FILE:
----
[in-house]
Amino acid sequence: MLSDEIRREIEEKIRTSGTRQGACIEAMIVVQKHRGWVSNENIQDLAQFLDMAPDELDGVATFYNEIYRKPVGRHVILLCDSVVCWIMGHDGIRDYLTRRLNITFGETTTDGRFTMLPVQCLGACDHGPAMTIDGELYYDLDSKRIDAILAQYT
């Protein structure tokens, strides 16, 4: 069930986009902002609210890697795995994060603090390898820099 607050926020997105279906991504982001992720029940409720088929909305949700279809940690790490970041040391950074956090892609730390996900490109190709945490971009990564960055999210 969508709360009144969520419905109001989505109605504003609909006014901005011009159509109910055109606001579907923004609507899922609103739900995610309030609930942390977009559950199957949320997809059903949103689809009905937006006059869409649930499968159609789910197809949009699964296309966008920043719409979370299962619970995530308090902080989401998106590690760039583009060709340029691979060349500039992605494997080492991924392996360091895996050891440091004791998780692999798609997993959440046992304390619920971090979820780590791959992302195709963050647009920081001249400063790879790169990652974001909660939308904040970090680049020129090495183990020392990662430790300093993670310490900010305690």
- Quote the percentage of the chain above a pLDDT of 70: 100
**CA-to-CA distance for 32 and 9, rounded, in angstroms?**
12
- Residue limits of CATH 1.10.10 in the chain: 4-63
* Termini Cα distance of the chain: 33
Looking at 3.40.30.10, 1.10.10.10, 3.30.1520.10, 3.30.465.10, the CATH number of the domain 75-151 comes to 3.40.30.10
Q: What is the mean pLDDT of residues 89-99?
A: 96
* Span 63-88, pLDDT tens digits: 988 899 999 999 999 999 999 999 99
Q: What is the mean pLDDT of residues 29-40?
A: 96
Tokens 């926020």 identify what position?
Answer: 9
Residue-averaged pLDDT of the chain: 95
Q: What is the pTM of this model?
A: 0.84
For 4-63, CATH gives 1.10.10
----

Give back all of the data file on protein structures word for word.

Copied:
[in-house]
Amino acid sequence: MLSDEIRREIEEKIRTSGTRQGACIEAMIVVQKHRGWVSNENIQDLAQFLDMAPDELDGVATFYNEIYRKPVGRHVILLCDSVVCWIMGHDGIRDYLTRRLNITFGETTTDGRFTMLPVQCLGACDHGPAMTIDGELYYDLDSKRIDAILAQYT
């Protein structure tokens, strides 16, 4: 069930986009902002609210890697795995994060603090390898820099 607050926020997105279906991504982001992720029940409720088929909305949700279809940690790490970041040391950074956090892609730390996900490109190709945490971009990564960055999210 969508709360009144969520419905109001989505109605504003609909006014901005011009159509109910055109606001579907923004609507899922609103739900995610309030609930942390977009559950199957949320997809059903949103689809009905937006006059869409649930499968159609789910197809949009699964296309966008920043719409979370299962619970995530308090902080989401998106590690760039583009060709340029691979060349500039992605494997080492991924392996360091895996050891440091004791998780692999798609997993959440046992304390619920971090979820780590791959992302195709963050647009920081001249400063790879790169990652974001909660939308904040970090680049020129090495183990020392990662430790300093993670310490900010305690």
- Quote the percentage of the chain above a pLDDT of 70: 100
**CA-to-CA distance for 32 and 9, rounded, in angstroms?**
12
- Residue limits of CATH 1.10.10 in the chain: 4-63
* Termini Cα distance of the chain: 33
Looking at 3.40.30.10, 1.10.10.10, 3.30.1520.10, 3.30.465.10, the CATH number of the domain 75-151 comes to 3.40.30.10
Q: What is the mean pLDDT of residues 89-99?
A: 96
* Span 63-88, pLDDT tens digits: 988 899 999 999 999 999 999 999 99
Q: What is the mean pLDDT of residues 29-40?
A: 96
Tokens 């926020």 identify what position?
Answer: 9
Residue-averaged pLDDT of the chain: 95
Q: What is the pTM of this model?
A: 0.84
For 4-63, CATH gives 1.10.10